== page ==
Winnipeg Free Press - PRINT EDITION
A beachy-keen dining set for under $100
Call me crazy, but I just love my newly painted wooden dining chairs and vintage tin and enamel-topped dining table. It took a while to get to this point so I thought I'd share the story with you.
As you know, if you've been reading my column regularly, my husband and I are currently renovating a condo we recently purchased and plan to move into. The L-shaped living/dining room offered a small dining space that is also adjacent to the galley kitchen. So, while it is a designated dining space, it's not a formal dining room by any means.
I was on the hunt for a truly unique dining suite that would speak to our taste but also fit the beachy feel of our new home. As well, the dining area is rectangular so I needed a suite that was on the small side but could seat four to six people.
I searched Kijiji faithfully for months to no avail. We also visited several big-box chain furniture stores but were left disappointed at the lack of suites that really spoke to our tastes. We were also disillusioned by the price of new dining table sets, especially since many of them were not even solid wood. No luck at the thrift stores or antique shops either. Like I've said many times, sometimes you have to be patient and wait for the item to find you. I decided to follow my own advice and leave the hunt for a few weeks.
We dropped into AAA Consignment in Osborne Village on a whim a few weeks later and found our awesome 1930s tin- and enamel-topped table, which had just the right amount of natural age to it that it felt like it had been in the family for years. I love things with history. When we decided it could work as a dining table and would perfectly fit the size of our dining space we searched the shop for chairs that were in proportion to the small-scale table. We found a set of four brown wooden chairs, which were perfect, except for the colour.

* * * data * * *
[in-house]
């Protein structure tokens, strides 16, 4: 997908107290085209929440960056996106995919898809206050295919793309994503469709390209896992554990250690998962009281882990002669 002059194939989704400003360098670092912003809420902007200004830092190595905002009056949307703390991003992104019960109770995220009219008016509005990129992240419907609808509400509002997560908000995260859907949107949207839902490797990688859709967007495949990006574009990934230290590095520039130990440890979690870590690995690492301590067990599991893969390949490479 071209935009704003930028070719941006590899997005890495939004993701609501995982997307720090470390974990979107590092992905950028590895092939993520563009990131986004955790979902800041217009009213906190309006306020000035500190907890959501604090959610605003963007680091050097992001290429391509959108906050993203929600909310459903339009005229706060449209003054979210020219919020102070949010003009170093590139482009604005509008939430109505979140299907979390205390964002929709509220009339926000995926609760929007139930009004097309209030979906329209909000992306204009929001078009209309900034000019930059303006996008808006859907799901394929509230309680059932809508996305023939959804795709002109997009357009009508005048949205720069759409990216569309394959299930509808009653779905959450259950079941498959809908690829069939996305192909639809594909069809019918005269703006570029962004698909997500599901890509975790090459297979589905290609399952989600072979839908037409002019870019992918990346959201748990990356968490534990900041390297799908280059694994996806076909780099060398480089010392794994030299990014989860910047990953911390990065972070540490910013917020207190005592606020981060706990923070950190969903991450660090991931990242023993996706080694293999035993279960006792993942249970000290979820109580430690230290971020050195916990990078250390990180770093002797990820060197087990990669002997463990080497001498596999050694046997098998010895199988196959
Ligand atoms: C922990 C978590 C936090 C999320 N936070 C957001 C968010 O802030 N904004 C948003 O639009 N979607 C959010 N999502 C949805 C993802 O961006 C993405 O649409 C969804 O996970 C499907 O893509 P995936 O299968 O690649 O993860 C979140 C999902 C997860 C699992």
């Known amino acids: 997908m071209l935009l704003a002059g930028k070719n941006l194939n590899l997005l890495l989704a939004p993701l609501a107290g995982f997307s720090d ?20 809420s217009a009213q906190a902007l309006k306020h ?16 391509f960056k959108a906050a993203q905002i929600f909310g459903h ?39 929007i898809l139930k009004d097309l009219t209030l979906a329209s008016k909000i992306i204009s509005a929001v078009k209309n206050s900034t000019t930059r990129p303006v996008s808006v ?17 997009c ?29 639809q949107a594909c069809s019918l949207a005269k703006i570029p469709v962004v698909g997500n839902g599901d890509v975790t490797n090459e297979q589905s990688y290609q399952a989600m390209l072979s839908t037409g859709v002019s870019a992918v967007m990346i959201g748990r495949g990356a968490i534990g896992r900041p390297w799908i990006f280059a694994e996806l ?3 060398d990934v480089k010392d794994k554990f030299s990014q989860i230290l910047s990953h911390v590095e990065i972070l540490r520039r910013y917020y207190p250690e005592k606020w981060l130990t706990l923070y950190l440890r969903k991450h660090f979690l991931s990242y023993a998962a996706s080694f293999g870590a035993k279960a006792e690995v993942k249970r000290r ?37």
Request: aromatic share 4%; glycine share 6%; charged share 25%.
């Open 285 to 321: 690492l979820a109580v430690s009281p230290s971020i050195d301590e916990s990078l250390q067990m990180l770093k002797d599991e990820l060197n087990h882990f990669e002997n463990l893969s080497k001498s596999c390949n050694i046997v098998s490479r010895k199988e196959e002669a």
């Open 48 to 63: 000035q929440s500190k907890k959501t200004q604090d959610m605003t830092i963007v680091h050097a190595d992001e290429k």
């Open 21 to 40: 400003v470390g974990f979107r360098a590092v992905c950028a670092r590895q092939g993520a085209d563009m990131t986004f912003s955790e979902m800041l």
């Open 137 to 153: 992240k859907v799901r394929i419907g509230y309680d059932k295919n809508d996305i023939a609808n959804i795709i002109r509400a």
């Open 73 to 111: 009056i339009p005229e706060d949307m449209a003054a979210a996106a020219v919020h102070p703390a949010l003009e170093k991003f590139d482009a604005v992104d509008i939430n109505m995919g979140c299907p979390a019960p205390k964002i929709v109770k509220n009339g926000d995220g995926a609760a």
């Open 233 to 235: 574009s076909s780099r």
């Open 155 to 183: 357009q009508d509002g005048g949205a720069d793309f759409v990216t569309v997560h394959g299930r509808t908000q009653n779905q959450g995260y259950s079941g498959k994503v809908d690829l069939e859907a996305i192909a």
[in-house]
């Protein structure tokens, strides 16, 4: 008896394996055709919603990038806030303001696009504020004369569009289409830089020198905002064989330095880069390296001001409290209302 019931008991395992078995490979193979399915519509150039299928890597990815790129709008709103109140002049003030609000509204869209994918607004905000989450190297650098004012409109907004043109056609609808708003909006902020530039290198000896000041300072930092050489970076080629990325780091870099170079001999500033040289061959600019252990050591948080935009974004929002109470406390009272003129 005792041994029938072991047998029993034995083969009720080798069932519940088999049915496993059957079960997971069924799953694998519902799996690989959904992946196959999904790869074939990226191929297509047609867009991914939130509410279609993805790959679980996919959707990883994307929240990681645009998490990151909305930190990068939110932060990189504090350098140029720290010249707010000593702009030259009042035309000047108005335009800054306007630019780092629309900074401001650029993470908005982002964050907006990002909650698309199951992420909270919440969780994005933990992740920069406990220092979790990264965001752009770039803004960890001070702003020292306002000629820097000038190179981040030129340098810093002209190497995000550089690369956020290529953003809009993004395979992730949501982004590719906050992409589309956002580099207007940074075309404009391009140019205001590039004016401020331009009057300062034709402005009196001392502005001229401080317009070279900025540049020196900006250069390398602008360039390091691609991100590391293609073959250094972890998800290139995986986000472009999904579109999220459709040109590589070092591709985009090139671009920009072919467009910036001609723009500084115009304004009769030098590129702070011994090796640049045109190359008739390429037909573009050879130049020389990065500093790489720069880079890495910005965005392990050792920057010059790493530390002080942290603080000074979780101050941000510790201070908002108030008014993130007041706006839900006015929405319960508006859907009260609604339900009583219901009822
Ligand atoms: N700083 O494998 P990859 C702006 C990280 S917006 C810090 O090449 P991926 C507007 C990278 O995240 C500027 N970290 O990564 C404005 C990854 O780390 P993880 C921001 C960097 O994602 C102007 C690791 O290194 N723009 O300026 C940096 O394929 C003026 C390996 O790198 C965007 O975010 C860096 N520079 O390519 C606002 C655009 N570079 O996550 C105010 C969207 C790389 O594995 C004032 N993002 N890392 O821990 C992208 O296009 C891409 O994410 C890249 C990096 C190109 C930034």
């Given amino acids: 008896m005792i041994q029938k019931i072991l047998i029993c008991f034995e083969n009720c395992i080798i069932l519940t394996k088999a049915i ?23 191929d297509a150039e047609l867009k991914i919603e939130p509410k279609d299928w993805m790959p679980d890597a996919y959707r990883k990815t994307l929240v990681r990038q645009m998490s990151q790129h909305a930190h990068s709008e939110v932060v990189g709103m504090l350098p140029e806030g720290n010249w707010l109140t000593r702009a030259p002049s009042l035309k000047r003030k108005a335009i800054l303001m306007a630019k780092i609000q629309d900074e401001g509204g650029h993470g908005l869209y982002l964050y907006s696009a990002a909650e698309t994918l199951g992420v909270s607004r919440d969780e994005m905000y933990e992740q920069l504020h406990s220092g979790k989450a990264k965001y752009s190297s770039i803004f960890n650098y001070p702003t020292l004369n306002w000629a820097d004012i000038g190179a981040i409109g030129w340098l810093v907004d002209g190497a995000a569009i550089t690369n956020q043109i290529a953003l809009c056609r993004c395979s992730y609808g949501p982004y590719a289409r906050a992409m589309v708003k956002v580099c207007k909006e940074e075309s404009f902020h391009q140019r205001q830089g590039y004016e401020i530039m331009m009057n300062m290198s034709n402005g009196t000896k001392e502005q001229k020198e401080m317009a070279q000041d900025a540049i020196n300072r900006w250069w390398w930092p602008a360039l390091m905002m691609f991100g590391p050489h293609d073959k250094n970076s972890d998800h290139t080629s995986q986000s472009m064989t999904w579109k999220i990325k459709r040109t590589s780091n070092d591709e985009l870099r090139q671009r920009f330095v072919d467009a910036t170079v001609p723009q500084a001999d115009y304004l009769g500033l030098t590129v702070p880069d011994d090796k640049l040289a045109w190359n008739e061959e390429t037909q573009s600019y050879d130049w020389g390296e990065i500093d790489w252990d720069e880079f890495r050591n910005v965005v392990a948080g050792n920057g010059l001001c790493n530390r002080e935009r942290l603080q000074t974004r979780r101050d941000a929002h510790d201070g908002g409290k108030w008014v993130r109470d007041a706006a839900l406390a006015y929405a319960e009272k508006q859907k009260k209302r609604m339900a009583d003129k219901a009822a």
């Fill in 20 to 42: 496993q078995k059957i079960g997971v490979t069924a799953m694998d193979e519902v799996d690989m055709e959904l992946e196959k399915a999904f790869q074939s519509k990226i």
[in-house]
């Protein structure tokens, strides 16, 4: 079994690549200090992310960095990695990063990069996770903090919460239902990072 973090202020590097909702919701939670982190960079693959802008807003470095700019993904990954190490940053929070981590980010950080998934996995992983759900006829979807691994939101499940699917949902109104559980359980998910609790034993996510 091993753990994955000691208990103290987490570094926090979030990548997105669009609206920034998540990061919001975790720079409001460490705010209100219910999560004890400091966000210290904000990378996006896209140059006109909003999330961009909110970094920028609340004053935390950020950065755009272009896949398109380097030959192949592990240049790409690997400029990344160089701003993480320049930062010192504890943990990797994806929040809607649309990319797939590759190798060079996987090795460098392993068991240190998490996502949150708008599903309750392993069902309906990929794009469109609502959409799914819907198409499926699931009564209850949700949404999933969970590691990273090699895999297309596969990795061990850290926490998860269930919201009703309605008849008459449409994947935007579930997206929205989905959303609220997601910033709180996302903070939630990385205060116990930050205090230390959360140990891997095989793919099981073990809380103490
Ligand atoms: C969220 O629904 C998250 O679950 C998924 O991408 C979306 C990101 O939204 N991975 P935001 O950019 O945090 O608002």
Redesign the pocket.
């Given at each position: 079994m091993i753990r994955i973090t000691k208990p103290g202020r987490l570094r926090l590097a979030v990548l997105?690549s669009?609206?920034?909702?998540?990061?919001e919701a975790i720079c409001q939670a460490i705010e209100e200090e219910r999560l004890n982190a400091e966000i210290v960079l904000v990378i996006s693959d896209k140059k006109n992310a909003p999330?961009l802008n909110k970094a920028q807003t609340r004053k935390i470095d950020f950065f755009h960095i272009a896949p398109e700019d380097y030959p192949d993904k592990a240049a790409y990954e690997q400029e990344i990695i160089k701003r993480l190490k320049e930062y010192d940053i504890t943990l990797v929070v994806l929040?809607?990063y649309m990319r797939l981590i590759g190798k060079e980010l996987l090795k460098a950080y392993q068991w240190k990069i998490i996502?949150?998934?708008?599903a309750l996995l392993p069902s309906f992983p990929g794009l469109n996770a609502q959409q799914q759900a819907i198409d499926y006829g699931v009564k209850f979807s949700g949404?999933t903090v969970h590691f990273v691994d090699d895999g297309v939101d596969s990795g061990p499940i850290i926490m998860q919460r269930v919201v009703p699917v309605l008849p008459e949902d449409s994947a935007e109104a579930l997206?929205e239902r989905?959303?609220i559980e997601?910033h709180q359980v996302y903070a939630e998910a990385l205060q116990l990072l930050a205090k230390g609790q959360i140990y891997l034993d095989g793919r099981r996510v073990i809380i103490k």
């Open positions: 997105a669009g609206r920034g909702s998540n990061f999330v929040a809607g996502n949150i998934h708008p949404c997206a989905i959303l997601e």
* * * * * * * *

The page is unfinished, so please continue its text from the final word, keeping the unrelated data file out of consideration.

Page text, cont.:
I had been interested in all of the hype in the decorating arena about chalk-based paints for furniture refinishing. I wanted a bright, cheery colour for the chairs so I took a class on using chalk-based fossil paints at Furniture Facelift by Kobi, which is so far the only Manitoba dealer of Vancouver-based van Gogh Fossil paints. I like to shop Canadian when possible so I was happy to find this Canadian product here in Winnipeg. Check out their great furniture-refinishing products and ideas at Furniturefaceliftbykobi.ca. You will be inspired to try your hand at revamping your old wooden furniture.
Once I finished the class, I painted the boring brown chairs in van Gogh's signature colour, appropriately named "van Gogh." I lightly scuffed the sheen off of the chairs and painted two coats right over top of the brown varnish. I wanted to have a distressed, aged look so I sanded down wear spots on the chairs. Once I was satisfied with the finish, I used the van Gogh soft wax to seal the paint. I absolutely love my crazy blue chairs and the entire dining set looks wonderful against the Dulux "May Yellow" wall colour.
The table legs are naturally distressed white wood, which will be left as is. I like the aged feel to the piece. The table has a small cutlery drawer that was raw wood inside so I purchased some Toile patterned self-adhesive paper from a dollar store and lined the drawer. It looks likefabric and finishes the drawer off nicely. The enamel top is trimmed in cobalt blue enamel that is quite lovely and in good condition. We will be repainting the white enamel top of the table in the near future (leaving the cobalt blue band) but for now I decided to cover up the nicks and scratches with colourful placemats, which I also found at the thrift store.
I didn't care for the handle that was on the drawer so we found a different drawer handle at a thrift store, which I promptly painted in the van Gogh colour. This small touch helps the table relate to the turquoise chairs, making for a great matching set.
I found a sad-looking but hand-thrown clay pot with lid at the thrift store and knew it would look smashing in the van Gogh colour. It was transformed with a few coats of paint and is now one of my favourite accessories to date -- and it cost less than $5.
I was also on the hunt for window treatments that would work with both the large windows in the condo and the fact that there are electric baseboard heaters below each window. I decided on custom cut 1-1/2 inch faux wood blinds, which I ordered from Sears catalogue for the living room and dining room windows. They really add a British Colonial feel to the bright and cheery dining space and won't interfere with the baseboard heaters in the winter months as long draperies would.
Every time I look at the dining room I smile with pride that we were able to find and create a unique dining set and that we were able to do so for less than $100. We love the cheery look and feel to the dining area. It's a feel-good space, and that's what it's all about, isn't it?
Republished from the Winnipeg Free Press print edition August 14, 2014 F3
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